Intestinal pseudo-obstruction is a condition in which there are symptoms of intestinal blockage without any physical blockage.
In primary intestinal pseudo-obstruction, the intestine is unable to contract and push food, stool, and air through the gastrointestinal tract. The disorder most often affects the small intestine, but can also occur in the large intestine.
The condition may come on suddenly (acute) or over time (chronic). It is most common in children and the elderly. The cause of the problem is unknown. Therefore, it is also called idiopathic intestinal pseudo-obstruction. Idiopathic means occurring without a known reason.
Risk factors include:
During a physical exam, the health care provider will most often see abdominal bloating.
In severe cases, surgery may be needed.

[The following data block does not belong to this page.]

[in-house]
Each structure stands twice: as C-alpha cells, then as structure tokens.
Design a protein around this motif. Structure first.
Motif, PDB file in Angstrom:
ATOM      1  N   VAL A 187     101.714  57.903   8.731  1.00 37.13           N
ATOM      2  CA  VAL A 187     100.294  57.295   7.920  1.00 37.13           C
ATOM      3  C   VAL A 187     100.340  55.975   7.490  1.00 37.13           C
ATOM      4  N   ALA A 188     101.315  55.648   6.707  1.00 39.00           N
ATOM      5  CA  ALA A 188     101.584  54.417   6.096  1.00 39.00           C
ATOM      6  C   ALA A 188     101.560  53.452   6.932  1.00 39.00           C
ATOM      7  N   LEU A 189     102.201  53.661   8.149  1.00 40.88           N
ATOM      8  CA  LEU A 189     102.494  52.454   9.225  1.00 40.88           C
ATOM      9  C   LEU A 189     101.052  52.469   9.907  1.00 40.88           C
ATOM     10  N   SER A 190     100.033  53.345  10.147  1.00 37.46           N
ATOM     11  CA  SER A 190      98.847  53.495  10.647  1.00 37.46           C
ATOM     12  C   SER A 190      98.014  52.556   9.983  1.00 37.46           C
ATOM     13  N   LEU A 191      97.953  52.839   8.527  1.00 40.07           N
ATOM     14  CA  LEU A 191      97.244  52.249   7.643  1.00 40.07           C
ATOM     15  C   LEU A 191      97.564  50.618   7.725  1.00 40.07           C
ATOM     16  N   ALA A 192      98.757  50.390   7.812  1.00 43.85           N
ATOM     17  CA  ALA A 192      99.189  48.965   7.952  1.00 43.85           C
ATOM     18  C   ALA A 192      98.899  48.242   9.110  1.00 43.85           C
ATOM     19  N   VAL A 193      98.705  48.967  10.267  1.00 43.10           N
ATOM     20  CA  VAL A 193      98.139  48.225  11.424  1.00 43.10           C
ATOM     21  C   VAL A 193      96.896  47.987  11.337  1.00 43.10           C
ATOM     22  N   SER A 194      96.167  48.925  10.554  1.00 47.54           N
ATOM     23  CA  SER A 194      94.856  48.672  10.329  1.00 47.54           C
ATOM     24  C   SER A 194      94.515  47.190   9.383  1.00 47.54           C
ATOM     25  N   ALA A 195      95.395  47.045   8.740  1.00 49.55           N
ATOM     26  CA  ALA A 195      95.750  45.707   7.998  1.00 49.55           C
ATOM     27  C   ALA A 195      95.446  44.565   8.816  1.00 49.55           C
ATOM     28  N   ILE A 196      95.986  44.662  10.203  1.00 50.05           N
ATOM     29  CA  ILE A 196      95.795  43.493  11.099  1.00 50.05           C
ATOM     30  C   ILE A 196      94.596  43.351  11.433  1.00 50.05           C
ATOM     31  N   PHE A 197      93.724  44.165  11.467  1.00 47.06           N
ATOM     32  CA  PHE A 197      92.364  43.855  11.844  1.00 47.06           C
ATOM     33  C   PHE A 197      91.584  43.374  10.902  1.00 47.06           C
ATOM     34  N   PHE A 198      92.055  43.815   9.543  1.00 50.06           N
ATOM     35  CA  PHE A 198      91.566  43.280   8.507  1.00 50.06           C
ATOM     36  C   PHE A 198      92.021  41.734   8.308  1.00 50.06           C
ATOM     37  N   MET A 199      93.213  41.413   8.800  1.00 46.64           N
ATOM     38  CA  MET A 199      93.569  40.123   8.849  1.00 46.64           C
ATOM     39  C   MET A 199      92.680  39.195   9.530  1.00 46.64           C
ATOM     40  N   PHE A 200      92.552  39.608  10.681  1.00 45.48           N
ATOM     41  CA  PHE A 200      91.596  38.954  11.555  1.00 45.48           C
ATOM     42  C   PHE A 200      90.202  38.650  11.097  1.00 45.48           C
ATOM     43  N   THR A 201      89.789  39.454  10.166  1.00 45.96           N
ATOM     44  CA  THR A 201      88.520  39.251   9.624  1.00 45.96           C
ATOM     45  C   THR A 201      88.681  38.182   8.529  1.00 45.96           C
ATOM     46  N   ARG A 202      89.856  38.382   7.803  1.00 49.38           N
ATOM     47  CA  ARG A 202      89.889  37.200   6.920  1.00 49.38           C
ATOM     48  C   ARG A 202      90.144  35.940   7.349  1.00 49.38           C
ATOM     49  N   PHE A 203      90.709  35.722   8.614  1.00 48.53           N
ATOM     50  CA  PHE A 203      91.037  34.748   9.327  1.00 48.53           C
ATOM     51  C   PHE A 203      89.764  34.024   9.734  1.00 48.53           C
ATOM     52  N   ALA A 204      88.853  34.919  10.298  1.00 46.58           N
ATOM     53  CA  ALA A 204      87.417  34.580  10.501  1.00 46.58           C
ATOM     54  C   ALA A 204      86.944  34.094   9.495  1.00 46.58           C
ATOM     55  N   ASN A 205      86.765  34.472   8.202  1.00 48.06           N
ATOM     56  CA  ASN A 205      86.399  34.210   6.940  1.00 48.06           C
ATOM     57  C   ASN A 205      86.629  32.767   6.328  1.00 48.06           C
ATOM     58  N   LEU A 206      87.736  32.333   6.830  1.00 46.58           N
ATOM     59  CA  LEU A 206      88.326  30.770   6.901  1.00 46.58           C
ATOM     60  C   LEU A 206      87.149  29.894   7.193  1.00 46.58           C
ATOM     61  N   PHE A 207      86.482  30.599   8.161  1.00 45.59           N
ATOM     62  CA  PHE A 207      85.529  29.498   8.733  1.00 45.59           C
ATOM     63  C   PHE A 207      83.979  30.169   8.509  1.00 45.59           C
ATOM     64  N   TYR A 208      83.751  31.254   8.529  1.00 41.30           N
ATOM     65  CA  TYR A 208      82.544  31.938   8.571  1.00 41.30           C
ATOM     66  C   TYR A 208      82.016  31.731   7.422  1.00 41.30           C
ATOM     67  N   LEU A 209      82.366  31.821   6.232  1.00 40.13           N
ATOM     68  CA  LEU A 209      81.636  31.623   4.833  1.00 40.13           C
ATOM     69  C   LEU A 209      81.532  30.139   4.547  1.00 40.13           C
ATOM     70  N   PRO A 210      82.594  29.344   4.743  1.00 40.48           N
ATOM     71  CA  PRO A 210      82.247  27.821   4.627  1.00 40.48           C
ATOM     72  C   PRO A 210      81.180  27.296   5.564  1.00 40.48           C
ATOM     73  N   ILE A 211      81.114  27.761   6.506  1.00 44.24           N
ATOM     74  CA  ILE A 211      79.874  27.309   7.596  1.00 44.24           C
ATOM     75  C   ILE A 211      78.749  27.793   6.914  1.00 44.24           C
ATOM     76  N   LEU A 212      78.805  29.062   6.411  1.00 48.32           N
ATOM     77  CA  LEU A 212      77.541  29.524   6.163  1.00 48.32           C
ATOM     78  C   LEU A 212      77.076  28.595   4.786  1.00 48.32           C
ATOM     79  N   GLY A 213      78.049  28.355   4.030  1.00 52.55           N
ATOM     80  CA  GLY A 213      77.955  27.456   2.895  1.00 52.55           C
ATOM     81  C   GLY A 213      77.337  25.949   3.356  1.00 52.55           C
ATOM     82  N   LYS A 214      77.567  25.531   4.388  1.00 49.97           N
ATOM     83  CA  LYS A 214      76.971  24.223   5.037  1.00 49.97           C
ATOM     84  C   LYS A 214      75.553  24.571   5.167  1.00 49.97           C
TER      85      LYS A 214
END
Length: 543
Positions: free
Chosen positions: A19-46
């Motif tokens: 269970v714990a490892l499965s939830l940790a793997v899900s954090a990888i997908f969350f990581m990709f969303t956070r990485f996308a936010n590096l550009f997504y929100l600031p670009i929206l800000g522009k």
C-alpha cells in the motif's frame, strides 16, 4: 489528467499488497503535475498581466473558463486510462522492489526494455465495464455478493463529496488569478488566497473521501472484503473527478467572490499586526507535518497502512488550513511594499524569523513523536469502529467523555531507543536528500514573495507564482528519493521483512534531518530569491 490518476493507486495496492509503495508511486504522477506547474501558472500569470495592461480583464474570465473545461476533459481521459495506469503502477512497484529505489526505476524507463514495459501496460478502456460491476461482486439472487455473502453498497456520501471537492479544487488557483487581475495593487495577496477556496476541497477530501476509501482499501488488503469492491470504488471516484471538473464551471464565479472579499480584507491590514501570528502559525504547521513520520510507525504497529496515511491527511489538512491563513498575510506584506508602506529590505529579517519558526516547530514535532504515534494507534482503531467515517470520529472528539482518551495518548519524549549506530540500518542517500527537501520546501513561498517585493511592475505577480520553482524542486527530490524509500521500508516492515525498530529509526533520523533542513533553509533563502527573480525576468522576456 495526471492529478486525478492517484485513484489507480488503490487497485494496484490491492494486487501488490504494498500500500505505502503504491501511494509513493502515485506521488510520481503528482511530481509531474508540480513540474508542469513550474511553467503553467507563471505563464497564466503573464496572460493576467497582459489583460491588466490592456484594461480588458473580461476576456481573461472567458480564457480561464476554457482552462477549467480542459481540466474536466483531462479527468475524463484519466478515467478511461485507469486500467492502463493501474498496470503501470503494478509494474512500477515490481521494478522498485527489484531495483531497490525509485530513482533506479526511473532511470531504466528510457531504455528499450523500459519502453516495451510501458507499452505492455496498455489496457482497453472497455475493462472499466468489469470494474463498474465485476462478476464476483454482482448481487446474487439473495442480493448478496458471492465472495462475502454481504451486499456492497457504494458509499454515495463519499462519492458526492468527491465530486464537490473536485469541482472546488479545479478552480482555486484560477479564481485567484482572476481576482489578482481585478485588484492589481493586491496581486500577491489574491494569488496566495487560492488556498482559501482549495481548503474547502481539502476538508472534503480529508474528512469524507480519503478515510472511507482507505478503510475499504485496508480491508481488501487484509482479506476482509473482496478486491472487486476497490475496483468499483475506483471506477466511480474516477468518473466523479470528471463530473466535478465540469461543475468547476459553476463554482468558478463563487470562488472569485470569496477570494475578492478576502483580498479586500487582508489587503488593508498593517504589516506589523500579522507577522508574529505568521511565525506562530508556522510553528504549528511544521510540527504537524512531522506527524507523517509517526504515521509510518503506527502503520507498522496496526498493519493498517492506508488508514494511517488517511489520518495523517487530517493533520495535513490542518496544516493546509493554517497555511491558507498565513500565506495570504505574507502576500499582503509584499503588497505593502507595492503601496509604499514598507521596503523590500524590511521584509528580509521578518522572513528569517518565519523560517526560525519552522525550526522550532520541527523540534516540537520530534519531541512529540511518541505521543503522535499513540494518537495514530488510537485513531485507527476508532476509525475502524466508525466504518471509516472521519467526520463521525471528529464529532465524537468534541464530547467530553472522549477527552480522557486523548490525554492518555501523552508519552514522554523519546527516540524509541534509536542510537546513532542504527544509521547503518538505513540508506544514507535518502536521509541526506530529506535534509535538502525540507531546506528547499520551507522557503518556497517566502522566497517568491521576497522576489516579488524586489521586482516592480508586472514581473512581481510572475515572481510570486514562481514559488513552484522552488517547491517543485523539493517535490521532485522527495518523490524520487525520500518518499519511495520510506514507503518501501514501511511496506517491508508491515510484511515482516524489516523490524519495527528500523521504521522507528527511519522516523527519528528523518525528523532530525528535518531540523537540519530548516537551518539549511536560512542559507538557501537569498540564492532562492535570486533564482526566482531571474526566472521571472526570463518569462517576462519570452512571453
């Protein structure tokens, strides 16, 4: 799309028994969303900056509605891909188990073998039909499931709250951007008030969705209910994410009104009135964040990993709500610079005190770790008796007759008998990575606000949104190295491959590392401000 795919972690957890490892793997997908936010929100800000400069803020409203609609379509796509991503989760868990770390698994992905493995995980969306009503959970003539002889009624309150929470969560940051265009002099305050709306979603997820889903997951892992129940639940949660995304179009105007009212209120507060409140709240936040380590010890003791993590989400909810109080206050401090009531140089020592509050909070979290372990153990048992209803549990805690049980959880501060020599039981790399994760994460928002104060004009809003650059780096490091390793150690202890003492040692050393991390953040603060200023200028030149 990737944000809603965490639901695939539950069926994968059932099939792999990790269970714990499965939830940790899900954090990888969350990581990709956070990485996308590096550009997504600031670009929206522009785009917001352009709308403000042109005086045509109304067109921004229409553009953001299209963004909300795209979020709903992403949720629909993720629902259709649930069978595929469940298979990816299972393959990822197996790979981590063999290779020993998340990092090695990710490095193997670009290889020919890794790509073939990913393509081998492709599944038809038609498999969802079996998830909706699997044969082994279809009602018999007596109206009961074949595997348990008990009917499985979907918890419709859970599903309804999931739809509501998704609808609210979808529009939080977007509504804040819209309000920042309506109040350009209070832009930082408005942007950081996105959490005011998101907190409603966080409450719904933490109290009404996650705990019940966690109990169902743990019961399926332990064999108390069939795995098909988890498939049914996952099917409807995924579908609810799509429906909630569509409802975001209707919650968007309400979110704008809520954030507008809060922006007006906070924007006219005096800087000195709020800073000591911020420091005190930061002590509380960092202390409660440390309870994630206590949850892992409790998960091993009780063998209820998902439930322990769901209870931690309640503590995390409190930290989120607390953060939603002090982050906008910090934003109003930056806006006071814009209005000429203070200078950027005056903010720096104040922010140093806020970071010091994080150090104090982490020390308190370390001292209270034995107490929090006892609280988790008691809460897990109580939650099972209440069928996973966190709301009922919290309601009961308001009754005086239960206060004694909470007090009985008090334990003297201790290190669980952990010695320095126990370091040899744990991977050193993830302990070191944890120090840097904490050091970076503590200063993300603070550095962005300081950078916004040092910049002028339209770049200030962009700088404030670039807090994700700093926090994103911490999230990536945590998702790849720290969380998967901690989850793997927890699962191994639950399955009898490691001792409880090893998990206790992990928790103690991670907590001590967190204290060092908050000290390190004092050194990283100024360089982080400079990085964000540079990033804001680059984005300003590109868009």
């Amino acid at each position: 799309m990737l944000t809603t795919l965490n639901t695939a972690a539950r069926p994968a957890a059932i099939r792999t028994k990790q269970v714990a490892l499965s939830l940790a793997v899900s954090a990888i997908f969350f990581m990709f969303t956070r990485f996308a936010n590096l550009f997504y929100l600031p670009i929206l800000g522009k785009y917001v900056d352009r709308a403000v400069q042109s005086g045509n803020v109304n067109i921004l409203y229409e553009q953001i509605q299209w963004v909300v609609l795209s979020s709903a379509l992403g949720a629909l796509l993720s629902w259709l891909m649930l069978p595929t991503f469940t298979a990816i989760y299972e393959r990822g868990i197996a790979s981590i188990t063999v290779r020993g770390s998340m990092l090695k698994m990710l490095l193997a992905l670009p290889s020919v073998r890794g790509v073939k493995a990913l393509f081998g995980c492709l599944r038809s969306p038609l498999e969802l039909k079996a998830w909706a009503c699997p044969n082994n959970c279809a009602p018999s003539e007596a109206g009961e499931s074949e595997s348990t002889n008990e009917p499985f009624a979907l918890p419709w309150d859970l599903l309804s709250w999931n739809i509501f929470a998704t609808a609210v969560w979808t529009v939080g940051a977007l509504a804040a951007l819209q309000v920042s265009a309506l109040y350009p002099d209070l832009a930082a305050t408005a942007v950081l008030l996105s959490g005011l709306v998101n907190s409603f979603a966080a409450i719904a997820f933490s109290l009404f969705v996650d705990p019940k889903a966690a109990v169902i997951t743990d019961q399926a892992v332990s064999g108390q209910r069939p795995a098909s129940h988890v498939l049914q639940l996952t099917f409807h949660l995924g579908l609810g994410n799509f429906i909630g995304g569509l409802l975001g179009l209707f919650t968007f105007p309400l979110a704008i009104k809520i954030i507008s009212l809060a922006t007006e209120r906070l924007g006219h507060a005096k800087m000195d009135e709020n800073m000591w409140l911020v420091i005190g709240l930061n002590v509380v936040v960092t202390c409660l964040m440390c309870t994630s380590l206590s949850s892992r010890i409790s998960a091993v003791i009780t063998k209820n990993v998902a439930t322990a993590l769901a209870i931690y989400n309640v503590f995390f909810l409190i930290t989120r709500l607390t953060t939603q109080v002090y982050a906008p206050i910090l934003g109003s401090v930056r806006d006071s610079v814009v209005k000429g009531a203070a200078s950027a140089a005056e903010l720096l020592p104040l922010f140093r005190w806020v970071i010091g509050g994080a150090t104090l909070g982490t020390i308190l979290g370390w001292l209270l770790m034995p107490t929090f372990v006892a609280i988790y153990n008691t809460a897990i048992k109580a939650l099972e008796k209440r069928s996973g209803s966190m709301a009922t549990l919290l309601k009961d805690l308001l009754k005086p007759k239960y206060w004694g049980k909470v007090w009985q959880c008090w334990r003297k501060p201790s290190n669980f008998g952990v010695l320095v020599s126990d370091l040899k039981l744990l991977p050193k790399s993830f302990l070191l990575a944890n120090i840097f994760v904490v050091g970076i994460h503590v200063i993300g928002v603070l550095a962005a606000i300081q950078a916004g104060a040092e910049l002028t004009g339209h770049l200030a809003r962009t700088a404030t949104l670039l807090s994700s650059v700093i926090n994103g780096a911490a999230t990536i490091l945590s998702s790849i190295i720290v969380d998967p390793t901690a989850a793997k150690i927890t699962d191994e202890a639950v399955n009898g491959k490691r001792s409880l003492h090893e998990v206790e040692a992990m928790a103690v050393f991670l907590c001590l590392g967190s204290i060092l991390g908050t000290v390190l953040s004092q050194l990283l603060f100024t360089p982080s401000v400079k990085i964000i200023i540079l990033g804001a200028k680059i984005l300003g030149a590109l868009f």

Most cases of acute pseudo-obstruction get better in a few days with treatment. In chronic forms of the disease, symptoms can come back and get worse over many years.
Call your health care provider if you have abdominal pain that does not go away or other symptoms of this disorder.
Primary intestinal pseudo-obstruction; Acute colonic ileus; Colonic pseudo-obstruction; Idiopathic intestinal pseudo-obstruction; Ogilvie's syndrome; Chronic intestinal pseudo-obstruction
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Updated by: Jenifer K. Lehrer, MD, Department of Gastroenterology, Frankford-Torresdale Hospital, Aria Health System, Philadelphia, PA. Review provided by VeriMed Healthcare Network. Also reviewed by David Zieve, MD, MHA, Isla Ogilvie, PhD, and the A.D.A.M. Editorial team.
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